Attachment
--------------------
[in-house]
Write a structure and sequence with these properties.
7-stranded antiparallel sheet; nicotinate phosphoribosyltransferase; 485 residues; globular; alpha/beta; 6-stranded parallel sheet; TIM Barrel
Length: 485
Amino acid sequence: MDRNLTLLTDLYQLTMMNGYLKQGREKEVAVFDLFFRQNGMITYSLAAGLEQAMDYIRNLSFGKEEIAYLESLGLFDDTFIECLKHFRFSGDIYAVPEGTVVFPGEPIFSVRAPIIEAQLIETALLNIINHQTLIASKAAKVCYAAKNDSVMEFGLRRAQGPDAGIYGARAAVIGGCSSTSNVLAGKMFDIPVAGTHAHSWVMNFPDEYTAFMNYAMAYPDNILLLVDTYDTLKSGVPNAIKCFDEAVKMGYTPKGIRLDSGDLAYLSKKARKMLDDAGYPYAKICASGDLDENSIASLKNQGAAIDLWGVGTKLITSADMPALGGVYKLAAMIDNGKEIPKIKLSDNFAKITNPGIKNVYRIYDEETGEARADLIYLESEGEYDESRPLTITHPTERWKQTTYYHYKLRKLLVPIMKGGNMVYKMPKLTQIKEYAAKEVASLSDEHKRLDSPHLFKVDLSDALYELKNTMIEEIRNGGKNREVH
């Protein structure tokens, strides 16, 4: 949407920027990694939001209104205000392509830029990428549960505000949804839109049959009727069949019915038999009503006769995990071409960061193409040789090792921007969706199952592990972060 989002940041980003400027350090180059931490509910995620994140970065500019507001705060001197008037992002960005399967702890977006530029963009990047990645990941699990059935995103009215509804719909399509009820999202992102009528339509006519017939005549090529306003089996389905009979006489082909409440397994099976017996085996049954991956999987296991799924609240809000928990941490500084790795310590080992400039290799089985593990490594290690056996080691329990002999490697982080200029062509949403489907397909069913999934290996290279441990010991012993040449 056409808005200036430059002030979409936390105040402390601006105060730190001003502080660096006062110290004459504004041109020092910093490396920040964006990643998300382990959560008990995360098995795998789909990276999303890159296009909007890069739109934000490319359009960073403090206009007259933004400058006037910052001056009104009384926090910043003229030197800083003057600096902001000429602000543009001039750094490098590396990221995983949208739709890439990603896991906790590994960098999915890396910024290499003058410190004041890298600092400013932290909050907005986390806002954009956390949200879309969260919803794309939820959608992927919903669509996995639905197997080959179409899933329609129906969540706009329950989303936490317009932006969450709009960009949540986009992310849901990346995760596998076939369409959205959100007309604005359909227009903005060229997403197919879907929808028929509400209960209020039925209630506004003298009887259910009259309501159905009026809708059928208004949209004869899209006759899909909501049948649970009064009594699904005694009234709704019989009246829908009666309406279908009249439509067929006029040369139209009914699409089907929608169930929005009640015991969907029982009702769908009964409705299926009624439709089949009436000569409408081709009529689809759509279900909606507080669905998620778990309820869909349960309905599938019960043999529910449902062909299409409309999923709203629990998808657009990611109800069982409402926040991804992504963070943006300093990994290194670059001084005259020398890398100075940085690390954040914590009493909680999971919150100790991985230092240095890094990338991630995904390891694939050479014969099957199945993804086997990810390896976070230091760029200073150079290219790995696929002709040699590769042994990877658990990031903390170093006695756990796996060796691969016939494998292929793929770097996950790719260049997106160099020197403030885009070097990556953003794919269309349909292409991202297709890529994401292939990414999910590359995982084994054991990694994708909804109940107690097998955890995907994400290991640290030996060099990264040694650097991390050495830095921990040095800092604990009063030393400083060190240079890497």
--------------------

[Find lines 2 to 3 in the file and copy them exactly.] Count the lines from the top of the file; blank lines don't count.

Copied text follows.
Write a structure and sequence with these properties.
7-stranded antiparallel sheet; nicotinate phosphoribosyltransferase; 485 residues; globular; alpha/beta; 6-stranded parallel sheet; TIM Barrel